Answer to "Why is ‘specific education’ needed?"


The Joint Commission and the World Health Organization raised awareness for the need of formal handover training and standardization to improve consistency and reduce vulnerability to errors.  The Association of American Medical Colleges (ACGME) also emphasized the importance of handover education and assessment by including handovers as a core entrustable professional activity (EPA) prior to entering post-graduate training. In the UK, numerous specialty specific training programmes include required work based assessments on handover, with no specific teaching guidance.


Handover improvement often focusses on systems and processes, such as mnemonics, templates and web-based resources, but not neccesarily education on how to employ them or how to complete effective handover. Research has shown that, when done well, handover education can be effective, improving trainee confidence, knowledge and skills surrounding the handover process, and even improving health outcomes.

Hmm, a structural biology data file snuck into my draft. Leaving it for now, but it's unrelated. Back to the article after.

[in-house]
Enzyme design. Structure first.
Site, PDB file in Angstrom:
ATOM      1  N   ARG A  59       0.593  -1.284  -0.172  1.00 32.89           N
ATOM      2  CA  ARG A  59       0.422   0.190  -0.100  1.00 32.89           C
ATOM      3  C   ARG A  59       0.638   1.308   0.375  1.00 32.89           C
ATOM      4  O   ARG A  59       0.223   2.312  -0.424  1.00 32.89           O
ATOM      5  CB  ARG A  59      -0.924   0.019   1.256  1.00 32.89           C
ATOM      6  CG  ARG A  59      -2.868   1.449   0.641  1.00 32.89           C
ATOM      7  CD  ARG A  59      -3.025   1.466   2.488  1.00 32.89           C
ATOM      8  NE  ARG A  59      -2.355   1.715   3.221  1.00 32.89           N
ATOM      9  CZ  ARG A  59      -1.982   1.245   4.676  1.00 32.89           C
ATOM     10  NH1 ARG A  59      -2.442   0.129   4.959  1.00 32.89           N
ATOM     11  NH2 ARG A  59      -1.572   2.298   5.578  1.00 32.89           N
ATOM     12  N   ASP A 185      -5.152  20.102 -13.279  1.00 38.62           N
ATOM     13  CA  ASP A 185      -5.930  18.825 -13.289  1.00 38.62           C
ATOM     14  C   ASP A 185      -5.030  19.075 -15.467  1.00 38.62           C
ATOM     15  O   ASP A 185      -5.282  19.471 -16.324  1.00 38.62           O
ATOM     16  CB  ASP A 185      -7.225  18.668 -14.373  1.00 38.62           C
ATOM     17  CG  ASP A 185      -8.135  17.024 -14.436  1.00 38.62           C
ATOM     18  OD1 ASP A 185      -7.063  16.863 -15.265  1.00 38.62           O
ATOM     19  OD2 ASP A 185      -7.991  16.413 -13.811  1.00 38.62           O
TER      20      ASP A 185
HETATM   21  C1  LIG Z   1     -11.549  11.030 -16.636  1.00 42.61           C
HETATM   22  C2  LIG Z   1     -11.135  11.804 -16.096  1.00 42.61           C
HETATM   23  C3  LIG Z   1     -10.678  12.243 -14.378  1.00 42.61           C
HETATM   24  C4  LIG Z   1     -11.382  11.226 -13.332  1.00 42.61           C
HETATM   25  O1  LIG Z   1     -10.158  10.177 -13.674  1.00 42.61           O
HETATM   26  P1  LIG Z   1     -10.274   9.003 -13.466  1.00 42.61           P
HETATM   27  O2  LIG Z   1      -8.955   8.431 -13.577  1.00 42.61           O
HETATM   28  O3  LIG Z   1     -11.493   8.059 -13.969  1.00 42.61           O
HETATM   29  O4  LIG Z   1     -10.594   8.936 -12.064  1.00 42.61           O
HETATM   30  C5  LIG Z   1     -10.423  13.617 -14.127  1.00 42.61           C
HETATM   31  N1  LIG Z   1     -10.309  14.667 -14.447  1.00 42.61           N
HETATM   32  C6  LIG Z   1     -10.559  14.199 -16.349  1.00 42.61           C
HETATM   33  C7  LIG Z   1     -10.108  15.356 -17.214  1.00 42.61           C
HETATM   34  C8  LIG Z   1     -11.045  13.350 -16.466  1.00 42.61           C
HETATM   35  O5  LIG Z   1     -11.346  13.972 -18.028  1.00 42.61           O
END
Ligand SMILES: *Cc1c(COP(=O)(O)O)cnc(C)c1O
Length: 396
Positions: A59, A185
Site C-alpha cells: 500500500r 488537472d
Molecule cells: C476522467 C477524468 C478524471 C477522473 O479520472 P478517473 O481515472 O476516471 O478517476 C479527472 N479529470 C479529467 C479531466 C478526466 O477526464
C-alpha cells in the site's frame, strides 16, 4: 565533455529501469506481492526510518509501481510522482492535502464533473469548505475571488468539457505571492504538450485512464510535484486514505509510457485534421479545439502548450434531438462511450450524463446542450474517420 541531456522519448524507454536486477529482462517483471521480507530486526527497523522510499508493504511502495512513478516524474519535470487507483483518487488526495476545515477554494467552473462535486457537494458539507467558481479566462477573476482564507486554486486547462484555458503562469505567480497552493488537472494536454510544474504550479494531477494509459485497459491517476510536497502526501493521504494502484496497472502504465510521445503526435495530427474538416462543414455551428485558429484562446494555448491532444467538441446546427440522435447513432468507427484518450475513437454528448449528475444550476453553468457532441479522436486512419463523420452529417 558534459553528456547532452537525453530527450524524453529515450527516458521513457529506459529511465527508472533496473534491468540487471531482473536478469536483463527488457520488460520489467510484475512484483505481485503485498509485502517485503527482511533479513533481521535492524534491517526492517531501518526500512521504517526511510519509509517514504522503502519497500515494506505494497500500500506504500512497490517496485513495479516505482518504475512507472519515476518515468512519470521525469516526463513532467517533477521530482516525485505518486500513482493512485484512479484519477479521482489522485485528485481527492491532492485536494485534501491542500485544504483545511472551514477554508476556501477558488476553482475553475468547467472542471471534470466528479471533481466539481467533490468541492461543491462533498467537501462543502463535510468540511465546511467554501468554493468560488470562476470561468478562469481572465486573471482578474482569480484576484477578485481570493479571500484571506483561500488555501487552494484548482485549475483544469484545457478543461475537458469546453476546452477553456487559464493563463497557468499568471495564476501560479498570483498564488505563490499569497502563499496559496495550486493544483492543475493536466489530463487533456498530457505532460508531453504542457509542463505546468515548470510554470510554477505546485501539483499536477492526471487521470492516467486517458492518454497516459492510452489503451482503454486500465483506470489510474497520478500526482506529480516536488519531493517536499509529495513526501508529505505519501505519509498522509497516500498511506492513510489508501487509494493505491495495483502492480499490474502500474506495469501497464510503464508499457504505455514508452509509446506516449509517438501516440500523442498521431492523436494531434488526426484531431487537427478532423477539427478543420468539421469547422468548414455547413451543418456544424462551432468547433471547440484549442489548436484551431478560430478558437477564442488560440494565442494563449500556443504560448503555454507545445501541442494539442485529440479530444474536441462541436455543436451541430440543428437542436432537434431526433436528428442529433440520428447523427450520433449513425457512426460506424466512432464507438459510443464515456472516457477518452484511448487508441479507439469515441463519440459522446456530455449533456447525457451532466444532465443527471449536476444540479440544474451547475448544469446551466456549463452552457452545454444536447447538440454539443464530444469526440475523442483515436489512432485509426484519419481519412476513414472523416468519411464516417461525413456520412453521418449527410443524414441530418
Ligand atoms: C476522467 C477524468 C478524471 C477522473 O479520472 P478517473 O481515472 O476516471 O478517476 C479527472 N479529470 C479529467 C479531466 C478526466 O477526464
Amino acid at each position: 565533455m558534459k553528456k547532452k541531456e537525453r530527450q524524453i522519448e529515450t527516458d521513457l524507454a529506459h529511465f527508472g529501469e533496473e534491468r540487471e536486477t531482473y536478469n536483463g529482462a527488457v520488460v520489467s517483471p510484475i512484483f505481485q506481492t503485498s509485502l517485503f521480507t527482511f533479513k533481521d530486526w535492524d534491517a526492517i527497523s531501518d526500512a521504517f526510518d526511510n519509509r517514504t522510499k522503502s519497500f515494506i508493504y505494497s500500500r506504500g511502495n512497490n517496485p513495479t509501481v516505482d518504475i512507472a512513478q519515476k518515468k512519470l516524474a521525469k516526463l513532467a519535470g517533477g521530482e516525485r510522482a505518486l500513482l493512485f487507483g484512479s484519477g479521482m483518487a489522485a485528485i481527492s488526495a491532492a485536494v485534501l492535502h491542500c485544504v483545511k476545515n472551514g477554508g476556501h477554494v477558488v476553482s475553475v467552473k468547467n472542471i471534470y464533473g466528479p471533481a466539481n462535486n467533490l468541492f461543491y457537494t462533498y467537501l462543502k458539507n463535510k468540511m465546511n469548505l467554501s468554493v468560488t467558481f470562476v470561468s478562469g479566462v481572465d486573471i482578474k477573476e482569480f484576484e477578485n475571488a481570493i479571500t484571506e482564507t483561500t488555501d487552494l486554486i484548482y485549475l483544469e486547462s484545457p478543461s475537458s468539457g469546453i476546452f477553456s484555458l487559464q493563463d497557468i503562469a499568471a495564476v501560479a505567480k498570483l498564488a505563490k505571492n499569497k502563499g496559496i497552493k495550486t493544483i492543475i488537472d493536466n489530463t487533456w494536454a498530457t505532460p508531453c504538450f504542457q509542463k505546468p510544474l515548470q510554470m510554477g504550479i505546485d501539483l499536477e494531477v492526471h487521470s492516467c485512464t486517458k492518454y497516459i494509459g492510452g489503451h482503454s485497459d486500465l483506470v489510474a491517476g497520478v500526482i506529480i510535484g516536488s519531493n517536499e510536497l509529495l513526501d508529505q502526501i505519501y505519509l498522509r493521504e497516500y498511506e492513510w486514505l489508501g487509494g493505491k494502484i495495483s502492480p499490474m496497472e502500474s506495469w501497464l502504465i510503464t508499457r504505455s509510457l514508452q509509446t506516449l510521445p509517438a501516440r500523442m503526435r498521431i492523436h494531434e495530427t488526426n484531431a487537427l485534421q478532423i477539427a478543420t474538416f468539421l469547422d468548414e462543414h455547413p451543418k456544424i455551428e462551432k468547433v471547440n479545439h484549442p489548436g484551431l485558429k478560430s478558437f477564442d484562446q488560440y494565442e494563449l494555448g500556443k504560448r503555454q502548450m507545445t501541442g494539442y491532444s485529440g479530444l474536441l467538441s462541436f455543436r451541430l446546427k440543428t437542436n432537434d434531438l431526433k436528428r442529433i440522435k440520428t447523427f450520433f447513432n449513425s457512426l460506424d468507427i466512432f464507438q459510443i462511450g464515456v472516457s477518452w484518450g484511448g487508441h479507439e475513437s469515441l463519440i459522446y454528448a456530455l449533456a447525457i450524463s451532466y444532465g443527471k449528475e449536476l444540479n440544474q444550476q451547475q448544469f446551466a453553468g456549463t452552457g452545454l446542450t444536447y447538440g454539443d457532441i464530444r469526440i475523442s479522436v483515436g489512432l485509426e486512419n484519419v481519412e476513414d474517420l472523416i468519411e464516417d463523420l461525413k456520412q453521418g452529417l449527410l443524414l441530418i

Further reading

Englander, R., Flynn, T., Call, S., Carraccio, C., et al. (2014) Core Entrustable Professional Activities for Entering Residency - Curriculum Developers Guide. Washington DC. Available at: (Accessed: 28 February 2019).

Gordon, M. and Findley, R. (2011) ‘Educational interventions to improve handover in health care: a systematic review’, Medical Education, 45(11), pp. 1081–1089.

Gordon, M., Hill, E., Stojan, J. N. and Daniel, M. (2018) ‘Educational Interventions to Improve Handover in Health Care: An Updated Systematic Review’, Academic Medicine, 93(8), pp. 1234–1244.

WHO (2007) ‘Communication During Patient Hand-Overs’. World Health Organisation. Available at: (Accessed: 3 March 2019).